Global Warming Effects May Eliminate Species Unable To Evolve Fast Enough

Global warming effects may end species that cannot evolve fast enough

Global warming and climate change are prime concerns of the current world. Every year, we feel their effects through the temperature changes and can accordingly adapt. What about other organisms? Can they evolve fast enough to escape the consequences of global warming? The scientists at the Norwegian University of Science and Technology (NTNU) have discovered that some species may not make it.

NTNU’s associate professor at the Department of Biology, Fredrik Jutfelt, revealed that global warming is actually faster than evolution. A report of his scientific team’s findings has been published in Proceedings of the National Academy of Science, PNAS, with Dr.Rachel Morgan as the lead author.

The team studied the adaptation of Danio rerio (zebrafish) to warmer climates. The tropical fish species was especially studied for adaptation to extreme warm durations. Jutfelt said that this was the largest experiment on artificial evolution in vertebrates conducted, emphasizing tolerance of heat.

If warming continues, many species may have trouble keeping up. Zebrafish (Danio rerio) is one of them. Credit: Per Harald Olsen, NTNU

Zebrafish bred to adapt to specifically warm periods

In the experiment that helped examine global warming effects, Zebrafish from the wild were intentionally bred for their capacity to handle the most severely warm spells. Over 6 generations comprising about 20,000 fish were observed. Jutfelt spoke of the good news that zebrafish were observed to develop heat tolerance with the team creating better-adapted fish to heat.

What’s awe-inspiring is the team’s achievement in estimating the evolutionary adaptation of vertebrates to warmer conditions right in their lab.

However, there comes a vital problem, as explained by Jutfelt. Evolution happens over several generations by only a 0.04°C increase in heat endurance. The rate of evolution is thus slower than the heat increase that some fish undergo. Morgan, who is now at the University of Glasgow, admitted that fish might actually not evolve fast enough to keep up with the current scenario of rapid global warming.

The team in the laboratory. Mette Finnøen, Fredrik Jutfelt, Gunnar Dresler, Rachael Morgan and Josefin Sundin. Credit: Per Harald Olsen, NTNU

Earth’s average temperature is increasing

Evolution refers to the capacity of a particular species’ adaptation to changing ecological conditions. This adaptation enables them to produce offsprings that are more fertile than other species. As generations go by, these changes are slowly piled up and might even modify the species itself. Fish exposed to temperatures above a threshold value will die, while others may be rendered hurt or infertile.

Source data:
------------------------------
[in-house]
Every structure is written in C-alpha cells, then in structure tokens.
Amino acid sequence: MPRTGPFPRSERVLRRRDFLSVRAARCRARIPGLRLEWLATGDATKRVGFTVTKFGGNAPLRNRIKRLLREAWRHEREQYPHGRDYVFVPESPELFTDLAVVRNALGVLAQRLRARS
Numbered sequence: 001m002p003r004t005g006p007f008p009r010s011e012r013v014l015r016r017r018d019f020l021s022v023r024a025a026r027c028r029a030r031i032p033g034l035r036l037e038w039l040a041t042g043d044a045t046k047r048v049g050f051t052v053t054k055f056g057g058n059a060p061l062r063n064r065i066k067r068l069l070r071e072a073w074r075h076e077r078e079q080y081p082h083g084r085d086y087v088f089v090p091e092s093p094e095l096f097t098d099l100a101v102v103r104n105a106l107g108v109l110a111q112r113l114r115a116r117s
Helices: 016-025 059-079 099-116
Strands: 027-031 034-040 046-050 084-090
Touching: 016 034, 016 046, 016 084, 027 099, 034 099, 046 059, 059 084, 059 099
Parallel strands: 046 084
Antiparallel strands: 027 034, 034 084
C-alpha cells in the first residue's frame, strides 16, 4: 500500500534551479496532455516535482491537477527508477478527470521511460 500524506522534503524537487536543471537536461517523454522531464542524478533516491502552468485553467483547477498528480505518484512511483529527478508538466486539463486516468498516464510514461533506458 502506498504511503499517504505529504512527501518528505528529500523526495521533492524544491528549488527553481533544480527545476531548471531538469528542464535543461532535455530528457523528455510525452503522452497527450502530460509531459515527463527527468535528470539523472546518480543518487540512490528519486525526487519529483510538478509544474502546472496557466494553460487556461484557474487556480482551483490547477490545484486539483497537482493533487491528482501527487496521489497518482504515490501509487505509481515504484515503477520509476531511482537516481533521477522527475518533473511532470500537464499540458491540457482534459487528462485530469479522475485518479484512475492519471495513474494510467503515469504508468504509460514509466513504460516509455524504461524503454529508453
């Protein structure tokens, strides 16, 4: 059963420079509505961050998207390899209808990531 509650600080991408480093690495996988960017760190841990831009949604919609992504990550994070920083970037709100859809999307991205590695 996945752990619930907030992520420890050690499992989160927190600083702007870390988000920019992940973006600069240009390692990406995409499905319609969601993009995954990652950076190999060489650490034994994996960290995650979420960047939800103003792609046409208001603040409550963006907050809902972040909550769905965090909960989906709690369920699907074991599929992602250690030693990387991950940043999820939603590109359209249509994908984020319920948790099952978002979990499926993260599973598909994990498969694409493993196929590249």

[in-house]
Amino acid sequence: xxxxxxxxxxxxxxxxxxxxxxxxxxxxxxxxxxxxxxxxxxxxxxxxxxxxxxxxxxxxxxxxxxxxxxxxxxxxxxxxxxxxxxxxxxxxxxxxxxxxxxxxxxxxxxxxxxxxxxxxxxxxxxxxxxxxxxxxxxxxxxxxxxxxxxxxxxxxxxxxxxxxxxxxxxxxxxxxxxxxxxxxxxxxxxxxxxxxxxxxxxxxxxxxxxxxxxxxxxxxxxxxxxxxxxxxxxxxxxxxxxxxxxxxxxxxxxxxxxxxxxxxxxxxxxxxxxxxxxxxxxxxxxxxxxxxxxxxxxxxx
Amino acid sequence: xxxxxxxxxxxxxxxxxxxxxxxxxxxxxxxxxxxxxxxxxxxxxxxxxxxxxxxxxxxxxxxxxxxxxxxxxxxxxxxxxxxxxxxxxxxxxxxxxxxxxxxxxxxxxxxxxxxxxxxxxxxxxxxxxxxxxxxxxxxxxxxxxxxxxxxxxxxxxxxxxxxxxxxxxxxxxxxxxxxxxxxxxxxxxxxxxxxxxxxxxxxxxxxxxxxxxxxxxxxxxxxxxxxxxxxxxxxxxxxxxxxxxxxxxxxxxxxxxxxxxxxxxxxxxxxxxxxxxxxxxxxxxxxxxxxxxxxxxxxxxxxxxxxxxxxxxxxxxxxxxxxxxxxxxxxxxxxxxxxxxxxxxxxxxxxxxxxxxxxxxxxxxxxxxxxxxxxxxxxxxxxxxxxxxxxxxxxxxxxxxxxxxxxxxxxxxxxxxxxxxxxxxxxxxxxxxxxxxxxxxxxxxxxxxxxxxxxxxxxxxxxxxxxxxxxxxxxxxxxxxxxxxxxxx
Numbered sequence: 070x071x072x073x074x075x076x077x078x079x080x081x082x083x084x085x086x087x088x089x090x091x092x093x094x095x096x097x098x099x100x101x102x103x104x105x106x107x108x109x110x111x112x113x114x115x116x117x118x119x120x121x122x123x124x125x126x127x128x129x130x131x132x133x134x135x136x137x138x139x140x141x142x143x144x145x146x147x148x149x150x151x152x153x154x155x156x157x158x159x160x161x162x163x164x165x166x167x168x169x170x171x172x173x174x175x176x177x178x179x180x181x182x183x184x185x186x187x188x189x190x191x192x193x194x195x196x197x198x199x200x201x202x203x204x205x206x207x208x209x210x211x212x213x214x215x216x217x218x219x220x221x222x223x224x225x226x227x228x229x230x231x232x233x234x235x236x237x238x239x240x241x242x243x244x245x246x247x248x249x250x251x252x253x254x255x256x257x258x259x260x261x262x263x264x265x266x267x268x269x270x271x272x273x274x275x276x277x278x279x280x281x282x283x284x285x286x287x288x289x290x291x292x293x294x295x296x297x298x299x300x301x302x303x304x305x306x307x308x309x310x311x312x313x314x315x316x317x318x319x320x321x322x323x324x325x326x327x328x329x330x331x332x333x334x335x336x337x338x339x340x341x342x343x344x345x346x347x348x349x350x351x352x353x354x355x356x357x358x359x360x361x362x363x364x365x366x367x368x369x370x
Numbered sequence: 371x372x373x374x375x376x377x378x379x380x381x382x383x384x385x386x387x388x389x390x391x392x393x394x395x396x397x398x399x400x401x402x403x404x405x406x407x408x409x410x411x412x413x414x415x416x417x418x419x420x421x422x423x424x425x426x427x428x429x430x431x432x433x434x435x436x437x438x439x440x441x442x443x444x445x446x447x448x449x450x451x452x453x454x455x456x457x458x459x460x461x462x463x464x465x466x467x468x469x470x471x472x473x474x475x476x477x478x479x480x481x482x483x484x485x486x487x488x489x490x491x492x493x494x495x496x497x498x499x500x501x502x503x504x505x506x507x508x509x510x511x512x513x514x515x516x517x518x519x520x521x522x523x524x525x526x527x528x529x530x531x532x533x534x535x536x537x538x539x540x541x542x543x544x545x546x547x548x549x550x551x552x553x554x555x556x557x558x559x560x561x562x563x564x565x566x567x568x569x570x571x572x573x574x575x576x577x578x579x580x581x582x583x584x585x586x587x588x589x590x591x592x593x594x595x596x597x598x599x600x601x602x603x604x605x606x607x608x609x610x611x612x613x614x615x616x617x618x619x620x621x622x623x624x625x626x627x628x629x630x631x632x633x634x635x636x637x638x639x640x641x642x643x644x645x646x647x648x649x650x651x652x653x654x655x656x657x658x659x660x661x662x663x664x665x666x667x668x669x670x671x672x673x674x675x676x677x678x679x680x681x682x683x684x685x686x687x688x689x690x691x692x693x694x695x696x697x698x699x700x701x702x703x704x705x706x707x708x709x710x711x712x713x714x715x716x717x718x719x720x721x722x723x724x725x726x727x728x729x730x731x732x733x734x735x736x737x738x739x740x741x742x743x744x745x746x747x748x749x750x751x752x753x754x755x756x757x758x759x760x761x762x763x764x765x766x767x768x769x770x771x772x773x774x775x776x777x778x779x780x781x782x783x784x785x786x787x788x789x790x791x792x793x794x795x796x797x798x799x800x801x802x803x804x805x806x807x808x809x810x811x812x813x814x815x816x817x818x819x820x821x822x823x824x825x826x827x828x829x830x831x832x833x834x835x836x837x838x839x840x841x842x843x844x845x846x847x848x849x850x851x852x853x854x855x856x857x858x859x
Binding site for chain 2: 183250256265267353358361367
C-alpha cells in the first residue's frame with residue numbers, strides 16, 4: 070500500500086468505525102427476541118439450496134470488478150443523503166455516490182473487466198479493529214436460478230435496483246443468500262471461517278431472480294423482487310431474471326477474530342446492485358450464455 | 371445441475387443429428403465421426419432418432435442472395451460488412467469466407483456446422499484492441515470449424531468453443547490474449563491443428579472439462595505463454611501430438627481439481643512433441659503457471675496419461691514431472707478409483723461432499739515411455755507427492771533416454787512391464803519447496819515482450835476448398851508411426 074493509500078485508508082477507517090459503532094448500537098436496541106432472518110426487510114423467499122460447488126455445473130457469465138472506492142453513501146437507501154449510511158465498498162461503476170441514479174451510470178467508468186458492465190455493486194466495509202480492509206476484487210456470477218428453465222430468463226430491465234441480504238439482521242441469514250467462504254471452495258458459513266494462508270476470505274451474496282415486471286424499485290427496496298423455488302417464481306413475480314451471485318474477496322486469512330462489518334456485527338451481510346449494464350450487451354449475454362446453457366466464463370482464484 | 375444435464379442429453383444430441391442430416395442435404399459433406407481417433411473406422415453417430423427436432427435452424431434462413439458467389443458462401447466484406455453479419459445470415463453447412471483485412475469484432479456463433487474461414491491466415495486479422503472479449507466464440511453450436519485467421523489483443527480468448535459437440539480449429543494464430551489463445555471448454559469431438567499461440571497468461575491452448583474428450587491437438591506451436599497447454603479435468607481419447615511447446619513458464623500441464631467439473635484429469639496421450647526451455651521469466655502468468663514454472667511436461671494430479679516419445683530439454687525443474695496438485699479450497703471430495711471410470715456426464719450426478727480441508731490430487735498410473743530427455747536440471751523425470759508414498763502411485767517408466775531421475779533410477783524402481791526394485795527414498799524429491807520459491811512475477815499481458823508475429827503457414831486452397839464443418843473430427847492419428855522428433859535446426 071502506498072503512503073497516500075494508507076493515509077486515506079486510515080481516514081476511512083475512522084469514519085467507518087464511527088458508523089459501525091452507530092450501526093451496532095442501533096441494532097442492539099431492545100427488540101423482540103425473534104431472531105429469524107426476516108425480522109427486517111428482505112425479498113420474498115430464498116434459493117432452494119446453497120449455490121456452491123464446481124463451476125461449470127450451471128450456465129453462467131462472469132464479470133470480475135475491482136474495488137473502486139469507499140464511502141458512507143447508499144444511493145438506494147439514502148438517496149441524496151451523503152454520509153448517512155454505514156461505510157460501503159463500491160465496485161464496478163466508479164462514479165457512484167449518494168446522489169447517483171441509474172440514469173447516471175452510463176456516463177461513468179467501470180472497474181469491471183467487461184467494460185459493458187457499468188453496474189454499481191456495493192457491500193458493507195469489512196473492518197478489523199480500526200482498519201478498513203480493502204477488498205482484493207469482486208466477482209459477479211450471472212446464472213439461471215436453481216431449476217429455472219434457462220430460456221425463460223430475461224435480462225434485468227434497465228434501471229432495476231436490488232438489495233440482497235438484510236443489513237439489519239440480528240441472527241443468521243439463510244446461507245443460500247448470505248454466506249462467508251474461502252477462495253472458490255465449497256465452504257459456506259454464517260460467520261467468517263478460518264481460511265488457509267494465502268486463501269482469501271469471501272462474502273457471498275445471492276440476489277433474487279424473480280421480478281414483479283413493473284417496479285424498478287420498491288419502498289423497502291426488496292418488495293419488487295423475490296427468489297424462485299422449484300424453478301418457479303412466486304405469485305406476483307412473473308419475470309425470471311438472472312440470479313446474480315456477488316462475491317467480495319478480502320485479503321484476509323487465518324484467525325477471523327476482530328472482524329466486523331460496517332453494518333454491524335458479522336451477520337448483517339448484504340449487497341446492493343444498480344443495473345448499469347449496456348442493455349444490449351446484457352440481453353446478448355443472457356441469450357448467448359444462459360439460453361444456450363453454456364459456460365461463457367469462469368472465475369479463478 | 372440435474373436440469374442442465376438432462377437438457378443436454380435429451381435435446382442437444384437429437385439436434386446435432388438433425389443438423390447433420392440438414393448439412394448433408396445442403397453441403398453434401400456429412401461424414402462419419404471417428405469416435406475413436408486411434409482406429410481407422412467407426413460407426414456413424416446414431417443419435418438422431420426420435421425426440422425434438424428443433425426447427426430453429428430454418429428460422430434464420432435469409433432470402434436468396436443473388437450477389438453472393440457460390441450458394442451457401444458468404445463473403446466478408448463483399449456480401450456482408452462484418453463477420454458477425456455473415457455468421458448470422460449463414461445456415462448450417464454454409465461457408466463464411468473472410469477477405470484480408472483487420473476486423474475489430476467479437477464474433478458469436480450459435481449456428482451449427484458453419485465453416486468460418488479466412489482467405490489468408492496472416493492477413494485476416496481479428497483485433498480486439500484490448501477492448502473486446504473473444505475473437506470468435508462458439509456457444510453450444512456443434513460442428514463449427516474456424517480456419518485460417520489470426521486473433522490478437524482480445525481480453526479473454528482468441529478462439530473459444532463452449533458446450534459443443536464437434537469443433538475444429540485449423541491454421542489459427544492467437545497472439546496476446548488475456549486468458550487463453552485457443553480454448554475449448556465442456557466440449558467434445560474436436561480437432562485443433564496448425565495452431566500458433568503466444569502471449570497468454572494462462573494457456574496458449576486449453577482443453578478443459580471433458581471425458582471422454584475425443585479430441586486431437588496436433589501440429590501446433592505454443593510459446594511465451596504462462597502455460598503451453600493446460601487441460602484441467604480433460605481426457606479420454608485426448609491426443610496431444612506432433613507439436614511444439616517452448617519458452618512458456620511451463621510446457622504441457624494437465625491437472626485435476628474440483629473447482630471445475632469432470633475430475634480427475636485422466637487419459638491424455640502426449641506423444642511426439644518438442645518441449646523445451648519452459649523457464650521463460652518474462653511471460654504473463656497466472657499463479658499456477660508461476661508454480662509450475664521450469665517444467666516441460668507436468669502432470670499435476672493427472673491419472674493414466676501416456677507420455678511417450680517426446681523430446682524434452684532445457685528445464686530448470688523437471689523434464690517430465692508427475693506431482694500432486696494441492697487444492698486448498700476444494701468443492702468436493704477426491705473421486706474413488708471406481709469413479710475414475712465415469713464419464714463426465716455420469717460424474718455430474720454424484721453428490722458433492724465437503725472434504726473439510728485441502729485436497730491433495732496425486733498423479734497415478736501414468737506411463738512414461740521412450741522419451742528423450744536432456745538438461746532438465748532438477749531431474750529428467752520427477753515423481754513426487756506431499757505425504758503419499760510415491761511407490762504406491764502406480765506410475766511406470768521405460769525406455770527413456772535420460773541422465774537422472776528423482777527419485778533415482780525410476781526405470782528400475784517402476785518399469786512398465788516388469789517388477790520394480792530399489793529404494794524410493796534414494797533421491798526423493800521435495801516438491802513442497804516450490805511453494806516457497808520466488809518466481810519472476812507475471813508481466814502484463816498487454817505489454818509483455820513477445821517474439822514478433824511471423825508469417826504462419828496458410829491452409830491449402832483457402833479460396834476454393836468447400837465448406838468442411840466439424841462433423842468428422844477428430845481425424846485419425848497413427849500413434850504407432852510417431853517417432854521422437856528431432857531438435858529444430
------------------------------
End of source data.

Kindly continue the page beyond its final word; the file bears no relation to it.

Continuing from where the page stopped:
The Earth’s average temperature has, in fact, increased due to climate change. This causes a rise in the frequency and intensity of heatwaves. Jutfelt explained that an organism’s ability to tolerate heat, acclimatize to it, and hand down these advantageous features to future generations decide its adaptation strategy.

Species may not be rescued by evolution

Further experiments were conducted by the team to investigate global warming effects. Zebrafish were tested for acclimatization capacity by growing them in warmer water, followed by artificial selection. Evolution did not enhance this capacity.

Morgan revealed that the more adapted the fish were to extremely warm temperatures, the lesser their capacity to acclimate. Whatever was gained in the form of greater heat endurance also resulted in lesser acclimatization capacity. She observed that the evolution rate, as seen in their laboratory, was probably quicker than in nature.

Jutfelt gave the shocking truth that some species on our planet may not survive the global warming effects bound to eliminate several of them by the century’s end. In fact, some species are already at their evolutionary limit and may not be saved from further climate change. It is thus of extreme and immediate importance that we stop warming our planet.

Source

Author: Deepthi Prakash

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